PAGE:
Mount Willard still shows many signs of past logging. It is mostly second-growth forest, and the trail is a disused logging road from the era of horse-drawn logging. You'll see remnants of development, mostly in the form of concrete drainage pipes crossing the trail here and there.

For the first few hundred yards, the trail passes through a hardwood forest of beech, oak, and birch. As the trail begins to climb, the softwoods gradually begin to take over, and the forest becomes a mix of hemlock and spruce, with just the occasional hardwood.

Near the top of the mountain, the hemlocks and spruces are quite small, and you can clearly see that this is rather recent regrowth.

The forests are inhabited by the usual residents of evergreen forests, the chipmunks, red squirrels, and songbirds. You may see sign of the occasional fox or hawk or owl.

The young regrowth forest is home to snowshoe hares. You find their tracks everywhere after a dusting of snow, and once in a while you might see the rabbits themselves if you are quiet and lucky.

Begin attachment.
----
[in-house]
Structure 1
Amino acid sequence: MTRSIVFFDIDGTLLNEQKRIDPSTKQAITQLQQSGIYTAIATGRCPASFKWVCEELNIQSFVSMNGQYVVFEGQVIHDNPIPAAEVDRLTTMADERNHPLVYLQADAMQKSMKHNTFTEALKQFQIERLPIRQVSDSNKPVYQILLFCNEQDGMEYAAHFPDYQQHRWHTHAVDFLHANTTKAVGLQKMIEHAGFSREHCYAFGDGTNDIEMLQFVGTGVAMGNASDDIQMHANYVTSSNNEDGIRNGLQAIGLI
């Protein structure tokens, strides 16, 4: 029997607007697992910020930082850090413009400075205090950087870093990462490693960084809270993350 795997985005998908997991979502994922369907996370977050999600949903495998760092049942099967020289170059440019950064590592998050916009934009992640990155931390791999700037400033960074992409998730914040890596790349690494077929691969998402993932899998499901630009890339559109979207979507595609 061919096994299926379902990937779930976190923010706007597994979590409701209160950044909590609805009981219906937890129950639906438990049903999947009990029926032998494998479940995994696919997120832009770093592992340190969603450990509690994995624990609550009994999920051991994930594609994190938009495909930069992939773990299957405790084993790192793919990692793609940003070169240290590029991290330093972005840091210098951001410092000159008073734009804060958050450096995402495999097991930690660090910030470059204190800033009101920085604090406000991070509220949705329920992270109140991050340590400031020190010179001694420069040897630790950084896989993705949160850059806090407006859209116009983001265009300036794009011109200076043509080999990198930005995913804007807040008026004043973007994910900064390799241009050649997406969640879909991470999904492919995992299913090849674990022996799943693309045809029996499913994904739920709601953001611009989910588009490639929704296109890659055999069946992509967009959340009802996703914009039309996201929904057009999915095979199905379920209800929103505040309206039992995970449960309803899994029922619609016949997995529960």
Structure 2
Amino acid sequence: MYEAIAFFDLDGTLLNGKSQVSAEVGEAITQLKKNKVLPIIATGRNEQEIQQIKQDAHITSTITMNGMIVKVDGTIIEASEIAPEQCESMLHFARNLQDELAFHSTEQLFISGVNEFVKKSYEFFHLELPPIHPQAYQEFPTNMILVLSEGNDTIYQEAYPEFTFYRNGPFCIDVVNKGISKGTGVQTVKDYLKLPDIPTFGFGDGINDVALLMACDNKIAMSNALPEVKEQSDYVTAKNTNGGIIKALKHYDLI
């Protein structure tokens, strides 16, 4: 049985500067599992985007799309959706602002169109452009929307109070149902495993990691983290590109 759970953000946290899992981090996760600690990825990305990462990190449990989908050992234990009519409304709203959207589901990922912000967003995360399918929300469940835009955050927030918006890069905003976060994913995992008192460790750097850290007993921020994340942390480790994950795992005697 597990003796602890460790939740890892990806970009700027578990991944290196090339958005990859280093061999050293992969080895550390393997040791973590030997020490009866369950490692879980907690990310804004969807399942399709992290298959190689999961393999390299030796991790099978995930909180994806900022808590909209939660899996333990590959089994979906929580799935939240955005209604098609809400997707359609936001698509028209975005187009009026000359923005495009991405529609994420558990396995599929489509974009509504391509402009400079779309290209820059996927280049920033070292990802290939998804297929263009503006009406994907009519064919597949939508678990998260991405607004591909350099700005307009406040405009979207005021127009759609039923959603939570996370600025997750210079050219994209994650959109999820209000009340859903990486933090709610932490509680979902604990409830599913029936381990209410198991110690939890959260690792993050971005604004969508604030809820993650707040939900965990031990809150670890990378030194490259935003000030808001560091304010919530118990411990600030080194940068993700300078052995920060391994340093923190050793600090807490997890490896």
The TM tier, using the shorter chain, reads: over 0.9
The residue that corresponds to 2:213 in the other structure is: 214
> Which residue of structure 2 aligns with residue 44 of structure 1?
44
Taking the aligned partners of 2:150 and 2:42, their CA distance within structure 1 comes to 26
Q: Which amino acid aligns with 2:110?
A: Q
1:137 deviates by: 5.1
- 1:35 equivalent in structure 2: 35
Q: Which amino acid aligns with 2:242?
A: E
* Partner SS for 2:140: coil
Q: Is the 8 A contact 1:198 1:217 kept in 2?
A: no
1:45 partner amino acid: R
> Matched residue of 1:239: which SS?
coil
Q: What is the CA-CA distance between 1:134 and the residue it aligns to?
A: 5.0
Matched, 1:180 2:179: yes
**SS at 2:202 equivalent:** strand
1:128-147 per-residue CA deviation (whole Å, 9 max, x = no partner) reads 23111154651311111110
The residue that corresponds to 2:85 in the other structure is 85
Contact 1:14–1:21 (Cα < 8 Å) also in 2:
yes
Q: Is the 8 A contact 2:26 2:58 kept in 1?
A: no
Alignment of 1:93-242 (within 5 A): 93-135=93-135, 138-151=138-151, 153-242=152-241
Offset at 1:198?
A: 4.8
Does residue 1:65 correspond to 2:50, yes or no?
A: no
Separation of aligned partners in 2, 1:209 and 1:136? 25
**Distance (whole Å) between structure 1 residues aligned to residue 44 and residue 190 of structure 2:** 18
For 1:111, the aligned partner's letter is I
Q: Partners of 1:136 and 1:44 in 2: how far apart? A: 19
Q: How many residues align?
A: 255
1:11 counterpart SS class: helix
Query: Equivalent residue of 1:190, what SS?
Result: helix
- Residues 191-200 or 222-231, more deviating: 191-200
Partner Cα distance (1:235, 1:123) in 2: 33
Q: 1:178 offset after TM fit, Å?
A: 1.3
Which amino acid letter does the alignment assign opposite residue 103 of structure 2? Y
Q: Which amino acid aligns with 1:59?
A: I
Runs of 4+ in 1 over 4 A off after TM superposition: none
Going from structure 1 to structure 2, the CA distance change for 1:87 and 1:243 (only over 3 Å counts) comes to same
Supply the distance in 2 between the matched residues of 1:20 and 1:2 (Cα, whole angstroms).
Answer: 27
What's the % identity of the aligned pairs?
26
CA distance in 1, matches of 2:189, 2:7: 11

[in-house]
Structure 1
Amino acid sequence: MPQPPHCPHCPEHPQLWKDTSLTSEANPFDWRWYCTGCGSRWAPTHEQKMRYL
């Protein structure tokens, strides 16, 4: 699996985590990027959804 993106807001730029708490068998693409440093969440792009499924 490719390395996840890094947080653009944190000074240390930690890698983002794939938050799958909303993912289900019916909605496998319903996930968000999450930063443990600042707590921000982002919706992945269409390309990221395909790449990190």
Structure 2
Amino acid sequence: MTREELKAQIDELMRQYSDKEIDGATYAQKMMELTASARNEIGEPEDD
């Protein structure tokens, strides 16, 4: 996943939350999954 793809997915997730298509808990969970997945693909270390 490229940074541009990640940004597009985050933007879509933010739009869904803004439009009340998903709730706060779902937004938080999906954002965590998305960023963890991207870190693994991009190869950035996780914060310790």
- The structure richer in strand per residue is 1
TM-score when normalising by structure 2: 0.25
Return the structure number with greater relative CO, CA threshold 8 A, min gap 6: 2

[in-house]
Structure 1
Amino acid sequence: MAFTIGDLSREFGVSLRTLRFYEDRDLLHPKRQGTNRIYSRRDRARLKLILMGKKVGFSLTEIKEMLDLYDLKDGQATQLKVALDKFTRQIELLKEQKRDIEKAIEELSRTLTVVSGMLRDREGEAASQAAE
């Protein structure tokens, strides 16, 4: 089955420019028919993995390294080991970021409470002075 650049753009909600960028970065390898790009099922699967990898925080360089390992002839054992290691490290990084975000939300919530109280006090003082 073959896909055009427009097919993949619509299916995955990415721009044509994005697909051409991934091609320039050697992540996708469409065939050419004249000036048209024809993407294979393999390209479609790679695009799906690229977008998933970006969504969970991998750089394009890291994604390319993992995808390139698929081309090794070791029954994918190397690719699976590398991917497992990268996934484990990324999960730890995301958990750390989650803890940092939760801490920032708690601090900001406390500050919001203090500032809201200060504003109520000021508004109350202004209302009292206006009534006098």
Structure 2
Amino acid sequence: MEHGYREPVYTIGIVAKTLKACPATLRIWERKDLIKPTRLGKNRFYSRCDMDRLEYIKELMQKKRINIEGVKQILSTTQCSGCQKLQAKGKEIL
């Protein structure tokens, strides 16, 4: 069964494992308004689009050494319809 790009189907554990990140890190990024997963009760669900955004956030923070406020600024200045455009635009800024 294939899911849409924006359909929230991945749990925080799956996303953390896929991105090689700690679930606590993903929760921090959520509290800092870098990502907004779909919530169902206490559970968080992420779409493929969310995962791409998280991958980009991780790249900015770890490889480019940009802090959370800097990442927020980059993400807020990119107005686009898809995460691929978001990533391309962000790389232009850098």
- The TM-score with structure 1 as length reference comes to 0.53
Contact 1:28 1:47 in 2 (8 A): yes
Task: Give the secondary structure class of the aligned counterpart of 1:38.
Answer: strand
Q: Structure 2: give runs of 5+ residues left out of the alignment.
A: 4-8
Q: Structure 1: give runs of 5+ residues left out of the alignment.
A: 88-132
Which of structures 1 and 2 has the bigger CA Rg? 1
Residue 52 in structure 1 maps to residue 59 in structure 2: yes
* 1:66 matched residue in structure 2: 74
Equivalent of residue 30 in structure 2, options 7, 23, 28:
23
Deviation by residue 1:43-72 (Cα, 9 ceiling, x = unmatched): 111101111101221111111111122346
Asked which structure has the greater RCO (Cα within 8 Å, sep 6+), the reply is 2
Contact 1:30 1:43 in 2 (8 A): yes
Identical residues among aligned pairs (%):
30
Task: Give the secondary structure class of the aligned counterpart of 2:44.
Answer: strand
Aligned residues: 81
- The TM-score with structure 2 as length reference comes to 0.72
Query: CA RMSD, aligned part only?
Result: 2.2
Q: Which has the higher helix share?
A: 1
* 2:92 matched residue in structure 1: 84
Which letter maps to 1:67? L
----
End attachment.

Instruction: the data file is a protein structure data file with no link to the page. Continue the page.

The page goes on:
There are a couple of interesting geological formations to see at Mount Willard.

Near the top of the mountain is Hitchcock Flume. (There used to be a sign, but now you just have to know where to turn onto a spur off to the left of the main trail.) This is a soft layer of rock, turned vertically as the North American continent collided with Africa in the formation of Pangaea (and of the Appalachian Mountains). This soft layer eroded faster than the hard granite around it, leaving a deep, sheer-walled channel as much as 20 feet deep and barely three feet wide. If you look straight down the flume, you see that this relatively dry "flume" on the east slope of Mount Willard is actually the same soft, deeply eroded layer of rock that holds Silver Cascade on the other side of Crawford Notch.

From the top of Mount Willard, you see the "profile" of Crawford Notch. It is a textbook example of a U-shaped glacial valley. In fact, the sheer cliff of Mount Willard is part of what remains of an ancient glacial cirque. I have a book that describes Crawford Notch as having been formed by the continental ice sheet of the last glaciation, but I think this is incorrect. The entire area was, of course, shaped by that last glaciation that ended about 12,000 years ago, but Crawford Notch appears to have supported a smaller alpine glacier for some time after the ice sheets receded. This interpretation suggests that all of the ecosystems of Crawford Notch are considerably younger than 12,000 years.

Looking south into Crawford Notch from the summit of Mount Willard

Looking south into Crawford Notch from the summit of Mount Willard. Willey Pond just below and left of center.

Looking south into Crawford Notch from the summit of Mount Willard